“I am pleased to introduce the 21st Century Federal Writers’ Project Act today to coincide with the 86th Anniversary of the original Works Progress Administration, including the Federal Writers’ Project,” said Rep. Lieu. “This program will revive the Federal Writers’ Project of the New Deal Era by creating a new grant program to hire America’s unemployed and underemployed writers. Many writers were laid off or had their work reduced during the COVID-19 pandemic. Additionally, many young people have graduated into an economy that has not been able to provide opportunities to leverage their skill sets. My bill would create a new jobs program for these talented and high skilled individuals, while allowing them to capture invaluable American stories that may otherwise go untold. The New Federal Writers Program will be vital to our economic recovery to build back better.”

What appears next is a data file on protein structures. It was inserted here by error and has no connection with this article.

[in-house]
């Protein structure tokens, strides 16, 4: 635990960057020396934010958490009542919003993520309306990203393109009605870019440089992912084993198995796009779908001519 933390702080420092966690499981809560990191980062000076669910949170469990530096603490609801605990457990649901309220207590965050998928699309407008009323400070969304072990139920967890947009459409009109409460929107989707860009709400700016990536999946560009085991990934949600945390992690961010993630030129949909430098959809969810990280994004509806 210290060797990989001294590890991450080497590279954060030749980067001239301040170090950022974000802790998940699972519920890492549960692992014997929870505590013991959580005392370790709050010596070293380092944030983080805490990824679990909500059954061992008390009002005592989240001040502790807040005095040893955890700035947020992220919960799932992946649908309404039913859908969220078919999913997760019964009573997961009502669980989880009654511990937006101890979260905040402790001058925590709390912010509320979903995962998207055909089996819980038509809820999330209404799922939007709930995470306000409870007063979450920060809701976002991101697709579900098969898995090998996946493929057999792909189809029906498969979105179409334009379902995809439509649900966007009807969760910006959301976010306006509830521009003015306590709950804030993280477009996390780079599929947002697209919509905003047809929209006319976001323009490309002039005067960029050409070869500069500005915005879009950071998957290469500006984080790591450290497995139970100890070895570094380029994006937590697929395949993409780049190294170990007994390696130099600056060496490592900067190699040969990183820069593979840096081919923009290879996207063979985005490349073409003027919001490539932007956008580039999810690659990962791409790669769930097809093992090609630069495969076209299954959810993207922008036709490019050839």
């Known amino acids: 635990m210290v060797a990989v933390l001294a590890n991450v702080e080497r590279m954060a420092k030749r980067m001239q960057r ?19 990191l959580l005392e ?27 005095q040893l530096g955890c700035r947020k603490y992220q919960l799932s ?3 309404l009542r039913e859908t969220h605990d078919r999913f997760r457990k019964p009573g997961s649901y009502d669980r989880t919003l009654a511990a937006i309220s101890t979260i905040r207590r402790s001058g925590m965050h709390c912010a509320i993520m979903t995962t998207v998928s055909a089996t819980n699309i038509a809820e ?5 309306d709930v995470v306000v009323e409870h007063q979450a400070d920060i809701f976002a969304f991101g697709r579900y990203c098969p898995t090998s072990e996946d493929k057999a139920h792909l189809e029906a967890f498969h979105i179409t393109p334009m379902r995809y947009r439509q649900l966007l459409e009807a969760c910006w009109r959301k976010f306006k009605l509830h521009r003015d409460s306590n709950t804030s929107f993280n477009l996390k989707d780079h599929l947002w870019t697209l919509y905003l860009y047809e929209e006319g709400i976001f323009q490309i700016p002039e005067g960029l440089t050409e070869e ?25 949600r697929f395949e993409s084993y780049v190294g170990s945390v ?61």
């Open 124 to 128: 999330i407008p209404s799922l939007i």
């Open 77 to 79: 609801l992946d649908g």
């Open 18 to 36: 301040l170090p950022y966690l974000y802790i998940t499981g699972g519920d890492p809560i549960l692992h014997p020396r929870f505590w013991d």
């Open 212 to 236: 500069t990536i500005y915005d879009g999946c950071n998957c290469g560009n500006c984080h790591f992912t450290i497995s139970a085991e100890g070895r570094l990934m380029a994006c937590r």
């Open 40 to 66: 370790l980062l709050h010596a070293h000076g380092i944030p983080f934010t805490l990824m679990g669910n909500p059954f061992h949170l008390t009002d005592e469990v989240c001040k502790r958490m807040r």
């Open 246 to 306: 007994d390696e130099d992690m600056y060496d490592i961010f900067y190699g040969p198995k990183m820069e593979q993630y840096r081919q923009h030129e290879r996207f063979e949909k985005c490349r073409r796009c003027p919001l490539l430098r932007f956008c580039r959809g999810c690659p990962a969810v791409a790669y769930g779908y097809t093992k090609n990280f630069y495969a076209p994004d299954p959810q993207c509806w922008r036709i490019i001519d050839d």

The 21st Century Federal Writers’ Project is supported by:
David Kipen, Founder of the Libros Schmibros Nonprofit Lending Library, former NEA Director of Literature (2005-2010)
“Rep. Ted Lieu and his heroic staff have taken a 1,000-word L.A. Times essay by the founder of a nonprofit lending library and, together with my Libros Schmibros colleagues, created a bill that might just begin to unify our astonishing, divided, crazy-quilt country. I think of this bill as a form of domestic cultural diplomacy. The Federal Writers' Project's bestselling State Guides of the 1930s delighted a nation and nurtured an entire generation of great American writing. The work we’ve done to reinvent the Project will provide jobs for 900 fledgling and experienced writers of all kinds, promote reading and the humanities, preserve our elders’ endangered stories, and, at long last, help reintroduce America to itself.”